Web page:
I Almost Published My Own Book


Remember the time when you were young, innocent and above all things, bold? You dreamt big dreams. The world was your oyster, and you believe you can do all that you want, be all that you can be and it will come to pass? And then, the world beat the hell out of you? Last year, I thought of publishing a book about Singapore. The book would chronicle 50 nostalgic stories of places, activities and occupations of Singapore.

This project seeks to rediscover the places, occupations and activities that older generation of Singaporeans can identify with. These places, occupations and activities are nostalgic and showed Singaporean’s way of life in the past. In each of these stories, we look at their significance and learning points from the past. Eg. Cobblers – difficult trade but was a means to get their children through university, people who lived in kampongs – despite living with different ethnic groups, the ‘kampong’ or community spirit is strong, etc. This coffee table book is a platform for older Singaporeans to connect with their past and for younger Singaporeans to learn about the amicable traits of the past.

All in all, what we seek to subtly communicate with our readers through this book is that while many of these cultures iconic to Singapore may cease to exist in the future, there is a beautiful attribute to learn from each and every single one of them. In them show the immensely rich Singaporean culture, the shared experiences Singaporeans have regardless of race and language, the aspirations we have for a better tomorrow, as well as something every Singaporean (community spirit, diligence, etc) of today can learn from.

Introduction of project that was sent to SG50 Committee

I was so excited at the beginning and commenced on the project even though I did not have any concrete plan to bring it to fruition. I whipped out my camera and went places. The project took me to places and introduced me to people I wouldn’t normally speak to have I kept to my daily routines. I took photos of Singapore’s last Kampong and interviewed a former resident. I interviewed one of Singapore’s last remaining traditional ice-cream vendors. I spoke to a newspaper vendor auntie. I interviewed a stall owner and took photos of famous Lavender Food Square which has been demolished sometime last year.

Later on, I got to know about the SG50 funding campaign. I pitched for funding and after a long and arduous process of emailing back and forth, I received news that the project was approved and I would receive up to 75% funding.

By then, the initial excitement has already long but died out. While I had already established an agreement with a local publisher, I have to face a very real problem of funding the remaining 25% and manpower issues to meet the National Day deadline. After my last potential sponsoring company decided not to fund the project, I decided to pull the plug on the project.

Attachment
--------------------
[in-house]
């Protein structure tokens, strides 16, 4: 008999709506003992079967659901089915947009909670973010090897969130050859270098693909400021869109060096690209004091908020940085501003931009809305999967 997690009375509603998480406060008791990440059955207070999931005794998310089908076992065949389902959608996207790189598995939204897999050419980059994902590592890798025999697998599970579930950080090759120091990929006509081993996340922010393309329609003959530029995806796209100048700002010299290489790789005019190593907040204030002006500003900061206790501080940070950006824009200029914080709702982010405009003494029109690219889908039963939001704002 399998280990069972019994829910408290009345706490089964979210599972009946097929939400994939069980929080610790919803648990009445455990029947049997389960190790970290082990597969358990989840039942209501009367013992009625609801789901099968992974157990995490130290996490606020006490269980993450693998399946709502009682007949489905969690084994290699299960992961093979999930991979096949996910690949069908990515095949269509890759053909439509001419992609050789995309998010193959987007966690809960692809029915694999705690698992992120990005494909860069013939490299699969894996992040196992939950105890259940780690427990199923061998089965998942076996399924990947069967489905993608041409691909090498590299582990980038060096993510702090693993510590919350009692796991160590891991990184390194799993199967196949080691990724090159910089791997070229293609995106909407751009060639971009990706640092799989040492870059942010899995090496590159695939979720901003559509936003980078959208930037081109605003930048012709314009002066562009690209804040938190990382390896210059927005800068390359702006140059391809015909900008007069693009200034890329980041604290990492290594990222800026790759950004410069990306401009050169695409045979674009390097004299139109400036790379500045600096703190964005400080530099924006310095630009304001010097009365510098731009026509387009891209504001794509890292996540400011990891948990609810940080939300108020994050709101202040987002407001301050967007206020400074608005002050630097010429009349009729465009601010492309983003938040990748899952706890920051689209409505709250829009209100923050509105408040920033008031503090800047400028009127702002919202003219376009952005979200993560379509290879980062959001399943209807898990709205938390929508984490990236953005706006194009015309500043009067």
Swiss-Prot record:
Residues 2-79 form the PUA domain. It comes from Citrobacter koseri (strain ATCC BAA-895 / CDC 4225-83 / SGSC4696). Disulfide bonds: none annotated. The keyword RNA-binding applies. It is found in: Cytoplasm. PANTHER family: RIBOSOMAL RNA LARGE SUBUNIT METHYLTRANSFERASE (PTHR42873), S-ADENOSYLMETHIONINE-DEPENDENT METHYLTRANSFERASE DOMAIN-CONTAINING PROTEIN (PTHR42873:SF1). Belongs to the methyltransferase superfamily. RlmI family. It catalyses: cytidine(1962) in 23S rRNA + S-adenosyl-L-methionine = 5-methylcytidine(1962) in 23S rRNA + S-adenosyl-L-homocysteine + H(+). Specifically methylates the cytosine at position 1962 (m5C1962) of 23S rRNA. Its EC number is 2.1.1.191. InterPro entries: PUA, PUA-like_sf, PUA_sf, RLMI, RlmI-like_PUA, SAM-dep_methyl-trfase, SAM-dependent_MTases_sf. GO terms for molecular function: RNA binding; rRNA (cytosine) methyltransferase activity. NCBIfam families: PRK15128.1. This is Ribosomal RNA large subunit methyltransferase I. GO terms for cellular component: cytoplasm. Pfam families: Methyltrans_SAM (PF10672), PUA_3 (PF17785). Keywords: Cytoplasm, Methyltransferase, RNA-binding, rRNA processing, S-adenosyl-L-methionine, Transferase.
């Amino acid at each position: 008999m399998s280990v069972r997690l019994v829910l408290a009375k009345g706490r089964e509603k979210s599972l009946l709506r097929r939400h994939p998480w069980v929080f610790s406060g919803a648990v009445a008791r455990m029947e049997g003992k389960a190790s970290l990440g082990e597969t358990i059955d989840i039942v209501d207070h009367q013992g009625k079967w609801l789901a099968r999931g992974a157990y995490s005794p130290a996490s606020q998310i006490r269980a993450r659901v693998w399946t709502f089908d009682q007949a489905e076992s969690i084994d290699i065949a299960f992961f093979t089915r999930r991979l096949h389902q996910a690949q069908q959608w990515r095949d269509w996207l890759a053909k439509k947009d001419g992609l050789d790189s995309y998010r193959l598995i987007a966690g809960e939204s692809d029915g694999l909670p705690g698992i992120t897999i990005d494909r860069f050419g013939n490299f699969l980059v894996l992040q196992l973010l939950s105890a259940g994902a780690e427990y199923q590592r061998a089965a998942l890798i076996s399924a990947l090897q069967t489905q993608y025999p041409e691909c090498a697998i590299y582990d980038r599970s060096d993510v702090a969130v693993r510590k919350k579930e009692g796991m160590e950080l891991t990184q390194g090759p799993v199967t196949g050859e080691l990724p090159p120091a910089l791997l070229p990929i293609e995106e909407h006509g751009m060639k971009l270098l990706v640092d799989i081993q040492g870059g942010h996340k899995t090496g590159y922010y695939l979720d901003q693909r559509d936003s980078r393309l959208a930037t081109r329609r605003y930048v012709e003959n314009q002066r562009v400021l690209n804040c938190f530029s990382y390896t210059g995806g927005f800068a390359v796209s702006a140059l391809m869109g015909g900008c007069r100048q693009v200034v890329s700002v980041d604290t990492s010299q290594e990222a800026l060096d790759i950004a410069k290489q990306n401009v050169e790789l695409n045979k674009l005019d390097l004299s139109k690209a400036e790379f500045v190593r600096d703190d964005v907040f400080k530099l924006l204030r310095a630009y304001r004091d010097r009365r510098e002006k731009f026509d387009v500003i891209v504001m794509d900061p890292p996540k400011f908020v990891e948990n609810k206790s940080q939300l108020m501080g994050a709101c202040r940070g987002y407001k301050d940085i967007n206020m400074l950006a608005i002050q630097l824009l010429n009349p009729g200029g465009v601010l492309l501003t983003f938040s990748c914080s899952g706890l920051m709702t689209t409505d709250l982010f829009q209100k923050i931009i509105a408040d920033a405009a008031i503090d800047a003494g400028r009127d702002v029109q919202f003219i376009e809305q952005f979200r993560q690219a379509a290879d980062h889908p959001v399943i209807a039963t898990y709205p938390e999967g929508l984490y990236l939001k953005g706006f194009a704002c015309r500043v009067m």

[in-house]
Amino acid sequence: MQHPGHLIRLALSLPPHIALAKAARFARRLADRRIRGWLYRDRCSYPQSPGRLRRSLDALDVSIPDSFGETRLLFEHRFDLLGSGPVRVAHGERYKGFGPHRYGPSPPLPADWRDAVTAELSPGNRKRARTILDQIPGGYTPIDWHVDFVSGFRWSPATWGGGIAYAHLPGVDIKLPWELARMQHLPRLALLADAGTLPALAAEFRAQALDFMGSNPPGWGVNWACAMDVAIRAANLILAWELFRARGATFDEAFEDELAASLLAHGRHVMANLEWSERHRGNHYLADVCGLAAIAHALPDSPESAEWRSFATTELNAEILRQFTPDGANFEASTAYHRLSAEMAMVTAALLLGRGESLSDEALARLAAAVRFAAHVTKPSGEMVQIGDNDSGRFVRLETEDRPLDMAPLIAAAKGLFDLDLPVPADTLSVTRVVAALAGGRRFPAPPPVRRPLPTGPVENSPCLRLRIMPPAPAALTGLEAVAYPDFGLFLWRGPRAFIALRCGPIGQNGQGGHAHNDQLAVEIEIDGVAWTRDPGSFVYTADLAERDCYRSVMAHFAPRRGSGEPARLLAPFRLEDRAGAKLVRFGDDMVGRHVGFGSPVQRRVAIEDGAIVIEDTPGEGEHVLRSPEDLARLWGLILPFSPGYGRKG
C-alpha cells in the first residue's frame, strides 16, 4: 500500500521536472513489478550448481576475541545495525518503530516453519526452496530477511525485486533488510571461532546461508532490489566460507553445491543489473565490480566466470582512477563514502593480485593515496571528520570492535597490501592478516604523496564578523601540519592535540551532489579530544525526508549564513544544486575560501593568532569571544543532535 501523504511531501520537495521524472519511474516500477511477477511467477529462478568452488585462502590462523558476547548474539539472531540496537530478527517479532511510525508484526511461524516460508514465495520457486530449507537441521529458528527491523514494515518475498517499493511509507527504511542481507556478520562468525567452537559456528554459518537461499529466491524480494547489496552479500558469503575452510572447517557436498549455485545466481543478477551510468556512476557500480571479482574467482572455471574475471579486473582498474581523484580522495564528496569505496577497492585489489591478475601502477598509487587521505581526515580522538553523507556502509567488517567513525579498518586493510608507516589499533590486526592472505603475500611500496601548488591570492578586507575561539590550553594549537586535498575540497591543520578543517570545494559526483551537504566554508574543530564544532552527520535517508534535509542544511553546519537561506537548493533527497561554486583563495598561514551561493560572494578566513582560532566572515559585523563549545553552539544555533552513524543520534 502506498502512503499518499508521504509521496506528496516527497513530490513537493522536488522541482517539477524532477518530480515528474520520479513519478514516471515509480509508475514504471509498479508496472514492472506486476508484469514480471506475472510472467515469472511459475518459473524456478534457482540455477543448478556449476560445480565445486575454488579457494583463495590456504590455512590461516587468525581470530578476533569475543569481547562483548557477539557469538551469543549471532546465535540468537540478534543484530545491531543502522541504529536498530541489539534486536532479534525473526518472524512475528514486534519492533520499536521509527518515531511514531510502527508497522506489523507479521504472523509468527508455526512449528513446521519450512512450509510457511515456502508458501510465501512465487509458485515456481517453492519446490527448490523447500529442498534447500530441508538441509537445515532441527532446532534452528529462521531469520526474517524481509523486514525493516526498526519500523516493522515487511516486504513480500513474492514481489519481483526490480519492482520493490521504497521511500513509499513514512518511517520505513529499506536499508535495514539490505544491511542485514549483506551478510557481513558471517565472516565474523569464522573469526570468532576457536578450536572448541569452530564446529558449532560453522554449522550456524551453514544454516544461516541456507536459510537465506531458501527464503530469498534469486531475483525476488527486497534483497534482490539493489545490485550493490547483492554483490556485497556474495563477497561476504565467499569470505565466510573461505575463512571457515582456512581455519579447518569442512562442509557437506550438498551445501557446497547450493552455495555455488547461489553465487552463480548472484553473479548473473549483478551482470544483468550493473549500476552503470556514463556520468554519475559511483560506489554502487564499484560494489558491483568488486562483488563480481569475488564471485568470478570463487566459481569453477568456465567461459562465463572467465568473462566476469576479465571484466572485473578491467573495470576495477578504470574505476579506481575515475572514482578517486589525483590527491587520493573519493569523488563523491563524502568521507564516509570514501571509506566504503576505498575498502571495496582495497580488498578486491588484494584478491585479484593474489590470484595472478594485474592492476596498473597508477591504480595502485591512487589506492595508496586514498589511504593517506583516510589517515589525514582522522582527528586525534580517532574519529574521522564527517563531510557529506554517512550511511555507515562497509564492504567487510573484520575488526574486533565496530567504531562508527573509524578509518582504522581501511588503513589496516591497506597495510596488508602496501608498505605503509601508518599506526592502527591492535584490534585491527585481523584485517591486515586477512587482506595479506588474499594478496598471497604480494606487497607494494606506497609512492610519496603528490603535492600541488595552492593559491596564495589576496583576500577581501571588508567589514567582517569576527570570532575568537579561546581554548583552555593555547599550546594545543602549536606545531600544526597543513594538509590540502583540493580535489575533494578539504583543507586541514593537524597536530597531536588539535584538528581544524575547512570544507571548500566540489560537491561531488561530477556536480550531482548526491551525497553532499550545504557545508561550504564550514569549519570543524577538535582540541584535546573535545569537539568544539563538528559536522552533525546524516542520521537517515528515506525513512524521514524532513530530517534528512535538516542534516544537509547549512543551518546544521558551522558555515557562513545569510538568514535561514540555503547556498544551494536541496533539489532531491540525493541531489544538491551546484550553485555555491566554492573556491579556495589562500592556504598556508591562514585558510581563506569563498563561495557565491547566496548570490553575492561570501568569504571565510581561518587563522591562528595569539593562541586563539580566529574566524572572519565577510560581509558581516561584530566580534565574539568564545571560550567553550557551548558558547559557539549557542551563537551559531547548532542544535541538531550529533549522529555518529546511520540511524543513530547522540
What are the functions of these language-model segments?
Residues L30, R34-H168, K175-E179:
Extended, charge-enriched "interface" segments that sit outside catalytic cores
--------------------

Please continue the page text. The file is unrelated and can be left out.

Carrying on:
That, together with other things happening in my life made me feel terrible. Ah, quarter life crisis. I thought that I could be a somebody in the PR industry but I am not. I thought that I could start a social enterprise but it did not come to pass. I thought that I could start a business but that did not work out (yet) either. I thought I could be a missionary/full time worker but I am nowhere close (yet). But the biggest mistake I made was letting the world beat and trample all over me, telling me “You’re done. You can’t do it. You can’t be it.You just can’t.”

But if my faith was anything, it was my saving grace.

And we know that all things work together for good to those who love God, to those who are the called according to His purpose.

Romans 8:28

This was one of the verses I remembered since my youth. I always imagined a ‘me’ that’s 10 (or 20) years older coming to me and telling me, “Don’t worry (so much), mate. Everything will work out just fine.”

I think that if we allow our mistakes, failures or even missed opportunities define our level of success, we will be mentally crippled for sure. Who defines the standard of success anyway? Where is the yardstick to measure against so that I can determine that “I have lived a full life”? Is a self-made millionaire considered a success? What about the billionaire then? Is the cleaner then considered to have ‘failed life’?

Don’t let the world tell you what you can or cannot do, who you can be or not be. If you are defeated in your mind, you have already lost. But if there is anything we could do, it would be to ‘not give up so easily’.I personally think this is one area I need to work on as well. I will end with a quote from my favorite author.

“And, when you want something, all the universe conspires in helping you to achieve it.”

Paulo Coelho, The Alchemist

Maybe one day I will publish a book.

“Fathers, don’t piss your children off”


1Children, obey your parents in the Lord, for this is right. “Honor your father and mother,” which is the first commandment with promise: “that it may be well with you and you may live long on the earth.”

Ephesians 6:1-3

Parents play a paramount role in the growth and development of their kids. For mothers, while their responsibilities may vary from mother to mother, the mother is indisputably responsible for carrying the child for 9 months, and bringing him/her into existence. The father however, has the principal responsibility to care, provide1 and to lead/guide his family. The relationship between the father and child is placed with utmost significance in the Kingdom of God such that God Himself liken His relationship with us to that between a father and son.